The Problem of the Pacific in the Twentieth Century – General N. Golovin (1922) (1st ed)


The Problem of the Pacific in the Twentieth Century – General N. Golovin (1922) (1st ed)


Title: The Problem of the Pacific in the Twentieth Century

Author: General N. Golovin, Admiral A. D. Bubnov, C Nabokoff (trans.), Harold Williams (intro)

Publisher: Gyldendal, London, 1922. First edition.

Condition: Hardcover, no dust jacket. Good. Slight foxing, slight rubbing to covers, hinge slightly cracked. With maps and routes. 256pp., app 9″ by 6″.

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  1. The Routes of Japanese Settlers
  2. The Economic Condition of Present-Day Japan
  3. The Political Aspect of Modern Japan
  4. Japan’s Policy in Korea
  5. Japan’s Policy in China
  6. The Future Conflict in the Pacific
  7. The Naval Forces of the United States and of Japan in the Pacific
  8. The Strategical Conditions of Naval Warfare in the Pacific
  9. The Strategical Conditions of War between the US and Japan in the Western Pacific
  10. The Military Significance of Political Groups in the Pacific
  11. The Bearing of Russia and of her Far Eastern Dominions upon the Problem of the Pacific
  12. The Washington Conference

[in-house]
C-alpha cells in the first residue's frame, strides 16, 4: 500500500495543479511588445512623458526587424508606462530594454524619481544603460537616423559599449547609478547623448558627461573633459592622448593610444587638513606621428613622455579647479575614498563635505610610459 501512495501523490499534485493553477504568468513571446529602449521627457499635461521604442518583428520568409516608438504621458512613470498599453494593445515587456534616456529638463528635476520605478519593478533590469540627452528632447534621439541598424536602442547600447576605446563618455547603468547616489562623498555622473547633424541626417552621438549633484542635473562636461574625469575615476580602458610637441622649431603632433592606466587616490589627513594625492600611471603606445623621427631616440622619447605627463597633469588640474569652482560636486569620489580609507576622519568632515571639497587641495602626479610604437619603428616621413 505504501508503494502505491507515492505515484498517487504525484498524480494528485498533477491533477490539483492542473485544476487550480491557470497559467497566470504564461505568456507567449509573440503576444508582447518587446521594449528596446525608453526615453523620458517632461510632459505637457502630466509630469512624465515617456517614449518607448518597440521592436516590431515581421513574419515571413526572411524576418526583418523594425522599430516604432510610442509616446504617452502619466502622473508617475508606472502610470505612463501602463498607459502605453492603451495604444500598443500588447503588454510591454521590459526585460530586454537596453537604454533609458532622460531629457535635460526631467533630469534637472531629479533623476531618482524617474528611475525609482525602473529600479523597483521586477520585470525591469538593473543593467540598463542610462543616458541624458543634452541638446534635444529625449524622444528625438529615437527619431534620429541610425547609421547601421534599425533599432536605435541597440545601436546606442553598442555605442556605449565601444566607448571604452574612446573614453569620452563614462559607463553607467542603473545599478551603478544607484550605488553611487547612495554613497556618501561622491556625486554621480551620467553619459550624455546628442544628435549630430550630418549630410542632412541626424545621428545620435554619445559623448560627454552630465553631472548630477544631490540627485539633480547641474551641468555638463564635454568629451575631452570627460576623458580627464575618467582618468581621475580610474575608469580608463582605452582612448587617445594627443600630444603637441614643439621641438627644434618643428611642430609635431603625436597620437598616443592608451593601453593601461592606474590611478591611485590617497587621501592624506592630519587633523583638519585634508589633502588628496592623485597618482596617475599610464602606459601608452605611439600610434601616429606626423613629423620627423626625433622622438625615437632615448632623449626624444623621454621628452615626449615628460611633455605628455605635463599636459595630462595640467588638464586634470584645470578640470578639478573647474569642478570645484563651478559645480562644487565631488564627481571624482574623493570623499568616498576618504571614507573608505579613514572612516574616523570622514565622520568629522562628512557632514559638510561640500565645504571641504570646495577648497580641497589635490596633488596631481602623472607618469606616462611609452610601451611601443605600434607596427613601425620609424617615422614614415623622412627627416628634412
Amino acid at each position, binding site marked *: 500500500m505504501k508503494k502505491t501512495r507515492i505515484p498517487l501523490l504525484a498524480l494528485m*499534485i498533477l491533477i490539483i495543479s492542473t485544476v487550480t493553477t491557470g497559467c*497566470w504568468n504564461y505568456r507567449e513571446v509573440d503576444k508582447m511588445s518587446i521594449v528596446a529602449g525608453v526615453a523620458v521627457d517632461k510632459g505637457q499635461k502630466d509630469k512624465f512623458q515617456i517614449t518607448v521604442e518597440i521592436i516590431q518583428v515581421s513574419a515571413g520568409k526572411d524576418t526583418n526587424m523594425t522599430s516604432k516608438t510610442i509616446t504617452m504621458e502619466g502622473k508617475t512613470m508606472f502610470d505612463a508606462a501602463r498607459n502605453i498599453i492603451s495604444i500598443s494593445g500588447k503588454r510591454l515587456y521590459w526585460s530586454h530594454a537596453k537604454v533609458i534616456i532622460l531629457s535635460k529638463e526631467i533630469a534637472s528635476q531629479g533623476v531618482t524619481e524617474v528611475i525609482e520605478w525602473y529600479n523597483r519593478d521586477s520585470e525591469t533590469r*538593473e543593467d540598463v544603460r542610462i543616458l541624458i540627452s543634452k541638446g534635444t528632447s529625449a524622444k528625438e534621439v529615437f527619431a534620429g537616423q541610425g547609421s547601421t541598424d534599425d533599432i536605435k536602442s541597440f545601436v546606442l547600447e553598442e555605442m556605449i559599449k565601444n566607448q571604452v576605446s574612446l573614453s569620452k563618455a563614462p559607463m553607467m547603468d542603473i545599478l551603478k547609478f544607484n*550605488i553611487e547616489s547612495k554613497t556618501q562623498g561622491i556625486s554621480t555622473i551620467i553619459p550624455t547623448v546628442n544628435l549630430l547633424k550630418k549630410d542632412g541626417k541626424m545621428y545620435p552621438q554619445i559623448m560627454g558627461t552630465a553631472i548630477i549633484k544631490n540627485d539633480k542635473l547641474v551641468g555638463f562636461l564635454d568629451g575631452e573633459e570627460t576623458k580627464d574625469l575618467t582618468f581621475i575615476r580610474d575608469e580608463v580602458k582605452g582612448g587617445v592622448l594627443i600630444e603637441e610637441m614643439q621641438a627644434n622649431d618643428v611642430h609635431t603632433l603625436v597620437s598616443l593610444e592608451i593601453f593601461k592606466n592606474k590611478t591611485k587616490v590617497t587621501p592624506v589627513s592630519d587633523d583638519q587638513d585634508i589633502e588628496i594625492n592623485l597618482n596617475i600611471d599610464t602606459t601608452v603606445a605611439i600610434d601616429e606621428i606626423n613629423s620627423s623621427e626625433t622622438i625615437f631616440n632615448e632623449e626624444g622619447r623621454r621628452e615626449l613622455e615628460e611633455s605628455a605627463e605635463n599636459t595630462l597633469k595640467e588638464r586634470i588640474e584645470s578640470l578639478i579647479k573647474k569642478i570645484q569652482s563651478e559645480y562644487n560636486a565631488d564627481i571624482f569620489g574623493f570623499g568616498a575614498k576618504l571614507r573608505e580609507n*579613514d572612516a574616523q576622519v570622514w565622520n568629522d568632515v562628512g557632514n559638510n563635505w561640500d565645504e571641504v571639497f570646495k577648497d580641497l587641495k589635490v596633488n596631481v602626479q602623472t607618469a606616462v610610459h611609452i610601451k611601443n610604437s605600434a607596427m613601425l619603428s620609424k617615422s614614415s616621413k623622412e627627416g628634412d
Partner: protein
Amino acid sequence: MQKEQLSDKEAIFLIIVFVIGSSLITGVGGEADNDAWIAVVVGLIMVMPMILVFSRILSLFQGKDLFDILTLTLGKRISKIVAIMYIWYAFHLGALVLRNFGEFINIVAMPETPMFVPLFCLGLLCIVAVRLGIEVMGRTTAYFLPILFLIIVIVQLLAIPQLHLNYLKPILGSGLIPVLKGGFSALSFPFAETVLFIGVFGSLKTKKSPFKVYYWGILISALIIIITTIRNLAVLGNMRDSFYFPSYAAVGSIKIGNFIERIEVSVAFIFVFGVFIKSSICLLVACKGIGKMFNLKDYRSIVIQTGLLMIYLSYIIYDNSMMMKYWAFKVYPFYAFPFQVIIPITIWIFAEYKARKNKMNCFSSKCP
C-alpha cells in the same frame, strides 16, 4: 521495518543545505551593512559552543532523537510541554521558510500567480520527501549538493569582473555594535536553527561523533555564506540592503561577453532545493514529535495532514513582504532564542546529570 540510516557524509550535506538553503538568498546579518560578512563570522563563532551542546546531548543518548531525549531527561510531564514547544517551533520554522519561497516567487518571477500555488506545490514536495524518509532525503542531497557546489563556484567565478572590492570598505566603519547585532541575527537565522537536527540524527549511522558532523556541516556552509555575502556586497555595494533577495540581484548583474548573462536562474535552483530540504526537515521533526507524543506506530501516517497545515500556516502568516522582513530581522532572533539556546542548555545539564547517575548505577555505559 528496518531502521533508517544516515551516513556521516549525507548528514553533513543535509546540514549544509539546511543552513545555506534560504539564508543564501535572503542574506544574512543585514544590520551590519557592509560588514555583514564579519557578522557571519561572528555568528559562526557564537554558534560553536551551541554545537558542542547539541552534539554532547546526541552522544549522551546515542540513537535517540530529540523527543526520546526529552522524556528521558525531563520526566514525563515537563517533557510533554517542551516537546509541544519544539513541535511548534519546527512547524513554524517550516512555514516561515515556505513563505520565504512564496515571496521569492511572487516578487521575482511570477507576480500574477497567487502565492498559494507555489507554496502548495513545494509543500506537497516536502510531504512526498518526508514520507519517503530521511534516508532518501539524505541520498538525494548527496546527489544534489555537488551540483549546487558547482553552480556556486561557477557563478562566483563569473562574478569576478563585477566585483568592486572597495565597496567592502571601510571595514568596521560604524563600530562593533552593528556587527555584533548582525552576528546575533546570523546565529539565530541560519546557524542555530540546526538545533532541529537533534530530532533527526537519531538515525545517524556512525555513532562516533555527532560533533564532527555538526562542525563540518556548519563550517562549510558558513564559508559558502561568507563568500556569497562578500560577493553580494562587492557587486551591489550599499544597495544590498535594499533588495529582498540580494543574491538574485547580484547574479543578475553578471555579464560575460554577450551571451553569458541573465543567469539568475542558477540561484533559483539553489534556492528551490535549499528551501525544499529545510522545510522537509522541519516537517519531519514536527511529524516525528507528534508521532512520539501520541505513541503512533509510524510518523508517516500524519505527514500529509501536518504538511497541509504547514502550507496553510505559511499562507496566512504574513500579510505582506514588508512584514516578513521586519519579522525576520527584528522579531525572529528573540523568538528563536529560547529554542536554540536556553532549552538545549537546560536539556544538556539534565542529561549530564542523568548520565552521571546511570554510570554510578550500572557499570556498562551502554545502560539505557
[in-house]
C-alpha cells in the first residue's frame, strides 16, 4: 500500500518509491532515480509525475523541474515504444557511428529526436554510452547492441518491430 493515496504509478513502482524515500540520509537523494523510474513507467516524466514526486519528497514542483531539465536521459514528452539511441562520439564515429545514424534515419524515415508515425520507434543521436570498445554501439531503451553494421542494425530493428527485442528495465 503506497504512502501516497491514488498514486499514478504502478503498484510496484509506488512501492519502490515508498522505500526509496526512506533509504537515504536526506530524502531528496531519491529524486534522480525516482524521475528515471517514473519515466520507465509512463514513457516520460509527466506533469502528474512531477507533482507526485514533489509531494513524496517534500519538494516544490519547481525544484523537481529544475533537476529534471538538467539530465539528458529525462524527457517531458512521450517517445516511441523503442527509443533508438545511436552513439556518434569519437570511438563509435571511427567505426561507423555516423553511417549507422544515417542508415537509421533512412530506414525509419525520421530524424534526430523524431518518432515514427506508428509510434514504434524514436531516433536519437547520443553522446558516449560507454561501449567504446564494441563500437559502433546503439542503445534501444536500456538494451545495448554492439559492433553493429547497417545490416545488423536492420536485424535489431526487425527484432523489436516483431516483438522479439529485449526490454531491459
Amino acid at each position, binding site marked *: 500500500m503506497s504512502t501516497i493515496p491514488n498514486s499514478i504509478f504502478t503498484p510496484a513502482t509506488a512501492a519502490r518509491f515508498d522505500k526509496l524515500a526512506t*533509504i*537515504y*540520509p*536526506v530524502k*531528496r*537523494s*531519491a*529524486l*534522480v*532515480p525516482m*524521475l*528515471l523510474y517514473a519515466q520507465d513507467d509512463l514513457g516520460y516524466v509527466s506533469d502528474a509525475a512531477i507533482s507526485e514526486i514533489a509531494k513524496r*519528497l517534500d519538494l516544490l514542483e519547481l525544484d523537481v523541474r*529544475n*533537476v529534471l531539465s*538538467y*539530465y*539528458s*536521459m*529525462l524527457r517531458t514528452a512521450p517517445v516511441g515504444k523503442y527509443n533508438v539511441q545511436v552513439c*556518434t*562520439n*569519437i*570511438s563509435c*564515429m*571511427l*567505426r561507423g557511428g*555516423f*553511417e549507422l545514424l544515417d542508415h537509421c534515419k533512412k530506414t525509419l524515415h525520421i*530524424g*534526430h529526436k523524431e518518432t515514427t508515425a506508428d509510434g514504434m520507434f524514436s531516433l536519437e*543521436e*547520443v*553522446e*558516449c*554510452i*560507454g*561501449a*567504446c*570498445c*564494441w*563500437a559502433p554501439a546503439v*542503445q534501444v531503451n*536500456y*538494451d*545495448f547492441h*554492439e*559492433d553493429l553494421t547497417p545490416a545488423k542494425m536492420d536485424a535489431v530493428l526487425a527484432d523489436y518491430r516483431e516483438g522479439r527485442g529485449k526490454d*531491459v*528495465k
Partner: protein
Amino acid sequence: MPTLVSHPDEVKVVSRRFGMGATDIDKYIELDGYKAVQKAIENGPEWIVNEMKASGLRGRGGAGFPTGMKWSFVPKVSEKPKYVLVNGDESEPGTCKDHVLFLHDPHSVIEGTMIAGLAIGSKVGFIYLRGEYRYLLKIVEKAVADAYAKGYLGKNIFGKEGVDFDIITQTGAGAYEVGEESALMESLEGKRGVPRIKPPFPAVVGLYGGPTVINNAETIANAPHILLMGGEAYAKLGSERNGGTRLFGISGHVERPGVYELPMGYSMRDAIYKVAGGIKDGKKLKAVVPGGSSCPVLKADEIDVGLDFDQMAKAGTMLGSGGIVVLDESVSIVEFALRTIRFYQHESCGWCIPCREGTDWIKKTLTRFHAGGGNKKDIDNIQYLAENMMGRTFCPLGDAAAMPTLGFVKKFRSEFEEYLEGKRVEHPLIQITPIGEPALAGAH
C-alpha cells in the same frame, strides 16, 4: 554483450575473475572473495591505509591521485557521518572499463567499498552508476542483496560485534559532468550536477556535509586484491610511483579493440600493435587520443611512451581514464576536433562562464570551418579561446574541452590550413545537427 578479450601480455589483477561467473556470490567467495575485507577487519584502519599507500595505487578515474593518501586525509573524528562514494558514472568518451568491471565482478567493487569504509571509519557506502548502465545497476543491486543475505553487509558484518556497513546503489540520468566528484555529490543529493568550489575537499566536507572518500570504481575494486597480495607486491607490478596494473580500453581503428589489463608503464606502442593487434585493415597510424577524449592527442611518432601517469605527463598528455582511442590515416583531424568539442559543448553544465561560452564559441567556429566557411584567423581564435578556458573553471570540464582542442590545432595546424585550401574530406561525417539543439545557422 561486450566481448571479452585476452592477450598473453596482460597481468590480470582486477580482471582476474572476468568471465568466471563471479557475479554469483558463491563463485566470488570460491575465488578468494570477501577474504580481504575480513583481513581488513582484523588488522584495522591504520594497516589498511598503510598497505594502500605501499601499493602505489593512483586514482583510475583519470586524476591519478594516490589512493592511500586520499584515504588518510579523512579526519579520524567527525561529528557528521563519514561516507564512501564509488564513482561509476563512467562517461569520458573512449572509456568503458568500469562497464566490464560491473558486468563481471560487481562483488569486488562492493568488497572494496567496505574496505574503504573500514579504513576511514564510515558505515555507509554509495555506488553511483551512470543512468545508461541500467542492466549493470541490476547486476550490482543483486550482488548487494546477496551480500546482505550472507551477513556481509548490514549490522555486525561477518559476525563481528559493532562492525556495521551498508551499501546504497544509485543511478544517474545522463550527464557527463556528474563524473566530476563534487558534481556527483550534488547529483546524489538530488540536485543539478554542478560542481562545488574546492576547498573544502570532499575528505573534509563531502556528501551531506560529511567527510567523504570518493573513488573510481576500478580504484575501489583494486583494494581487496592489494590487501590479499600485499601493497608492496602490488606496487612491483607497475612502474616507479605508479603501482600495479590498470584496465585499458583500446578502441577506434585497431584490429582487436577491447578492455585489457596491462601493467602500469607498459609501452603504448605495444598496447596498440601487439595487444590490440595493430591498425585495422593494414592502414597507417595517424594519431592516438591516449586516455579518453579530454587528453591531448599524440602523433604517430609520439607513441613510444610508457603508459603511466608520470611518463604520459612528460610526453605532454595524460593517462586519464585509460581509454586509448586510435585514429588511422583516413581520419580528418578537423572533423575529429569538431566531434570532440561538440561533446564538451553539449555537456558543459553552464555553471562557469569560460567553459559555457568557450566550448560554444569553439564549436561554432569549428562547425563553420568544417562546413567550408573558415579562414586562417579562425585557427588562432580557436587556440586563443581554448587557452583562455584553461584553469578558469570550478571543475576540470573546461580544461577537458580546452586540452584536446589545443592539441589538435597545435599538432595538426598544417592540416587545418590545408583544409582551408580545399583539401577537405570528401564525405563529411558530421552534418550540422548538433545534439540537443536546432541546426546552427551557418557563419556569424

About the author (from Wikipedia):

Nikolai Nikolayevich Golovin (4 December 1875, – 10 January 1944) was a Imperial Russian general and military historian.

Since 1908 Golovin was professor of tactics at General Staff Academy.

At the beginning of the First World War Golovin commanded Grodno Hussar regiment. Later he was transferred to staff of the general Lechitsky 9th Army as Quartermaster-General (Director of operations), and in 1916 as Chief of Staff of 7th Army. In 1917 he was Chief of Staff of Romanian Front.

After the Russian Revolution and break-up of the army he retired to Odessa where he lived in obscurity until the victory of the Allies and opening of the Black Sea allowed him to come to Western Europe.

In autumn 1919 he travelled from Paris through Vladivostok to Siberia to join admiral Kolchak’s anti-bolshevik “white” forces. It was assumed that Golovin would be the Chief of Staff of Kolchak’s army. But when he arrived at Omsk, Kolchak’s army was already retreating in disarray. Golovin decided that the situation was hopeless and did not take command, returning to Vladivostok and Europe.

While living as an emigre in Paris he authored numerous books and articles on military theory and military history. He collected documents on Russian history for the Hoover library. Golovin’s personal collection of documents was also deposited in Hoover Institution archive.